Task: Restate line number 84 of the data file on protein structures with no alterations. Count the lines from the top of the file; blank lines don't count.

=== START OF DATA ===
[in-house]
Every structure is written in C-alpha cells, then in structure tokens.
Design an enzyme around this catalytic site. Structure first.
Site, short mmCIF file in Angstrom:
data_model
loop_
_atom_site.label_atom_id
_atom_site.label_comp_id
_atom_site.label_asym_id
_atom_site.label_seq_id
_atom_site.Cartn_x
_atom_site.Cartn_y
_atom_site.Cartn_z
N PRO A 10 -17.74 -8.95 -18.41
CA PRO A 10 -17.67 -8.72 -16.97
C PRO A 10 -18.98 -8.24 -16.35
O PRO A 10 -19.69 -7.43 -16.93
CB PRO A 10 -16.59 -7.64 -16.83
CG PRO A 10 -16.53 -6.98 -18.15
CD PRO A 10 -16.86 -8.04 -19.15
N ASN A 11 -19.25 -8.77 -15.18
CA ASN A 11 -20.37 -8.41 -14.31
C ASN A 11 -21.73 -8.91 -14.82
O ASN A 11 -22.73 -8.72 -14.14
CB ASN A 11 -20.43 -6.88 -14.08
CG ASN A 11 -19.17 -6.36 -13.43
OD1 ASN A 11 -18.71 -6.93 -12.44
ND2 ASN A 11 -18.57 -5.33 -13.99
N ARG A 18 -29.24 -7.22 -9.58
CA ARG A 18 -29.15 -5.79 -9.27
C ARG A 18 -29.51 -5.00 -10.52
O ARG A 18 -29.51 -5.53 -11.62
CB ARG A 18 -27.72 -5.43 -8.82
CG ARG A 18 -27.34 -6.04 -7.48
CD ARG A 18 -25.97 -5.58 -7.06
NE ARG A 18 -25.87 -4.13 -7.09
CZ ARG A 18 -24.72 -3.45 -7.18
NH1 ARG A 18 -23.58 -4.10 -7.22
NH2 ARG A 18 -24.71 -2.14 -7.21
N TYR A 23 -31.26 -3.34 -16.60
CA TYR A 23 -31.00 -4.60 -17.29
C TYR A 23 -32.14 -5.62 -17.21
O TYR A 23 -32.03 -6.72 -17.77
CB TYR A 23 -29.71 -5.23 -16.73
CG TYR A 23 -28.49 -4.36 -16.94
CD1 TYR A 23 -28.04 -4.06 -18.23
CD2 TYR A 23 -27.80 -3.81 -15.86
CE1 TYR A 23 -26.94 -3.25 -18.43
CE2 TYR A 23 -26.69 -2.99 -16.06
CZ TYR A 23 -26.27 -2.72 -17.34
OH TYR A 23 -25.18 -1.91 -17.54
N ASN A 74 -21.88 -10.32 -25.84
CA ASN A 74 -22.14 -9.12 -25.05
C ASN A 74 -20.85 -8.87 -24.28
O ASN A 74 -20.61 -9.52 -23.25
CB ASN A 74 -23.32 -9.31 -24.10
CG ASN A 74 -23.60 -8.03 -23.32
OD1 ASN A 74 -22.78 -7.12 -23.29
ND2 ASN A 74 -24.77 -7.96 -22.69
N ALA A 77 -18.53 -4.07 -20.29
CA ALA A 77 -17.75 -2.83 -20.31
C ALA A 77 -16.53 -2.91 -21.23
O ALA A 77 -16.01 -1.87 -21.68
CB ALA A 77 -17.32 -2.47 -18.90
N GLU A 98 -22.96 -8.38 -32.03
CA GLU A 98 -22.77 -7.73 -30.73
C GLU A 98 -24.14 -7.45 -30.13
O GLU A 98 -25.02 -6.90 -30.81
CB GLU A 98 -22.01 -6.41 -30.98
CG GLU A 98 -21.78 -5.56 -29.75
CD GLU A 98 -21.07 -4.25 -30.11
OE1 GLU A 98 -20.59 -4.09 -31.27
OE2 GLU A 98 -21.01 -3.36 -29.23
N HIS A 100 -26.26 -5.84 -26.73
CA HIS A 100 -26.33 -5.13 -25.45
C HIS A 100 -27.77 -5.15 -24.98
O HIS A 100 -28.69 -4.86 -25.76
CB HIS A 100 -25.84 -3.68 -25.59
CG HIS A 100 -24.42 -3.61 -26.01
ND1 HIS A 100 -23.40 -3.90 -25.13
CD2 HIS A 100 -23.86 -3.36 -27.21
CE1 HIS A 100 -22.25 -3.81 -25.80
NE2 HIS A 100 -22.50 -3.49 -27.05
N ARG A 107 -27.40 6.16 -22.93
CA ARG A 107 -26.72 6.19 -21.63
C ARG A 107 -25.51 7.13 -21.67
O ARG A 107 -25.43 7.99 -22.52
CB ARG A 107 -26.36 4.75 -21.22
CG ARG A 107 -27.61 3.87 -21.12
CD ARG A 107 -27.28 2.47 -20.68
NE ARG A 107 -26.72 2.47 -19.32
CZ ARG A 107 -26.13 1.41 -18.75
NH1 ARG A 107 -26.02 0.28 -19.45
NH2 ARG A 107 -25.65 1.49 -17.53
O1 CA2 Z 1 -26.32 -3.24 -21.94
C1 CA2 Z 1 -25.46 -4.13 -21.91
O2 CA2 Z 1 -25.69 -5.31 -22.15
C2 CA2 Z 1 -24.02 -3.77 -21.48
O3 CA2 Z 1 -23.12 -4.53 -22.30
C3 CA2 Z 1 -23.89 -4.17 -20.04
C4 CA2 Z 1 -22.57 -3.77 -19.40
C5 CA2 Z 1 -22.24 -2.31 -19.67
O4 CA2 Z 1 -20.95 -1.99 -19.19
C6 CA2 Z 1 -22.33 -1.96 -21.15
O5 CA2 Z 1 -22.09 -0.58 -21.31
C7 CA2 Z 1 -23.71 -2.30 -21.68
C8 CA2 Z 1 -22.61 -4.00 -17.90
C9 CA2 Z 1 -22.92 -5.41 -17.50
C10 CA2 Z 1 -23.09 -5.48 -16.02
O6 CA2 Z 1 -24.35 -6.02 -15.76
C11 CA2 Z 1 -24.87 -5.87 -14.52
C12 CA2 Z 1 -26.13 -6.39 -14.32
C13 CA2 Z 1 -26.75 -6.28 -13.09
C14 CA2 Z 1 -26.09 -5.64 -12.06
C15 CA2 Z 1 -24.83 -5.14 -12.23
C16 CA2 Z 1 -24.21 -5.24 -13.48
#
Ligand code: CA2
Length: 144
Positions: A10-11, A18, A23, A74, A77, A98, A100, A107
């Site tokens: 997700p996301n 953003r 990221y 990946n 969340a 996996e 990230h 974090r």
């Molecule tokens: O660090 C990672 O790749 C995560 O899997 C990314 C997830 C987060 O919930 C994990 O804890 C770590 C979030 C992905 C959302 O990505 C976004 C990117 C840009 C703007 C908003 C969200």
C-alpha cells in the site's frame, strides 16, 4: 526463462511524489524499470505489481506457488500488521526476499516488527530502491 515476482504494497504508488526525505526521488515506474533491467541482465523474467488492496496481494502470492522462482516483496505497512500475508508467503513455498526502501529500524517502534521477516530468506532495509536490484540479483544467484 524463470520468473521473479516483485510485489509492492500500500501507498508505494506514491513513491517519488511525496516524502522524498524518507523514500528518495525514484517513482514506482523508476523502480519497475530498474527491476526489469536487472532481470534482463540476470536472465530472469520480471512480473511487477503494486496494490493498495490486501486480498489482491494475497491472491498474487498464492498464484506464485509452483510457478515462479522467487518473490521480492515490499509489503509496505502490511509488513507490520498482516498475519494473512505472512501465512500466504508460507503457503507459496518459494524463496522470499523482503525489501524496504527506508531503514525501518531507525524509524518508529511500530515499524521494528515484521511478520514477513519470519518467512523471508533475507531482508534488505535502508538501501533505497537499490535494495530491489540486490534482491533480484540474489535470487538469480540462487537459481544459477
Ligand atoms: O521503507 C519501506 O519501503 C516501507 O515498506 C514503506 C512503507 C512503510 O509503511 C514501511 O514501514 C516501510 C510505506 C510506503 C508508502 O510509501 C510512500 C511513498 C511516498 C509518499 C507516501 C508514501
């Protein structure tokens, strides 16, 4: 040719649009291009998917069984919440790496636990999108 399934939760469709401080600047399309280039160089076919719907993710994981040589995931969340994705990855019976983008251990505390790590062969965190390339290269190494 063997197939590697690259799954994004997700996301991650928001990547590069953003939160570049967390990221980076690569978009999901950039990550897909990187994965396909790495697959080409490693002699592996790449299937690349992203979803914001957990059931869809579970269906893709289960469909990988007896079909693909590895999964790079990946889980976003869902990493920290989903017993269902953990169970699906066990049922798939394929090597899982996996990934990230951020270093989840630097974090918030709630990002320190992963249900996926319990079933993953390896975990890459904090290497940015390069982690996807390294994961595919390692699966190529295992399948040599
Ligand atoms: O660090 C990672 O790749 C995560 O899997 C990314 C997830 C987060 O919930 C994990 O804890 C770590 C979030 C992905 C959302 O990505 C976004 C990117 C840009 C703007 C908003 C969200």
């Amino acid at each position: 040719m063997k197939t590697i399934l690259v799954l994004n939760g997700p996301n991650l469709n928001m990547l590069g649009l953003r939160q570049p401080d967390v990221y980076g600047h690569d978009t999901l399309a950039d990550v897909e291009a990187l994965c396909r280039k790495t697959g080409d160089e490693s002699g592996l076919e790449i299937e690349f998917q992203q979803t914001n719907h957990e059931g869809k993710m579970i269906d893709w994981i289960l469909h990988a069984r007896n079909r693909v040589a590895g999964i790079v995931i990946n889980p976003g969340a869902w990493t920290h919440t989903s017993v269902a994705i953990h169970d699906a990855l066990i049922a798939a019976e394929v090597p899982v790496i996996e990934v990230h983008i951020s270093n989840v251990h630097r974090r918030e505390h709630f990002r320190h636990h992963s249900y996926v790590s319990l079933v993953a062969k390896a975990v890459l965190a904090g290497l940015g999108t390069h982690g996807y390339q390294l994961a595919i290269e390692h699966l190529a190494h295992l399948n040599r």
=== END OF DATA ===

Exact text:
N ARG A 107 -27.40 6.16 -22.93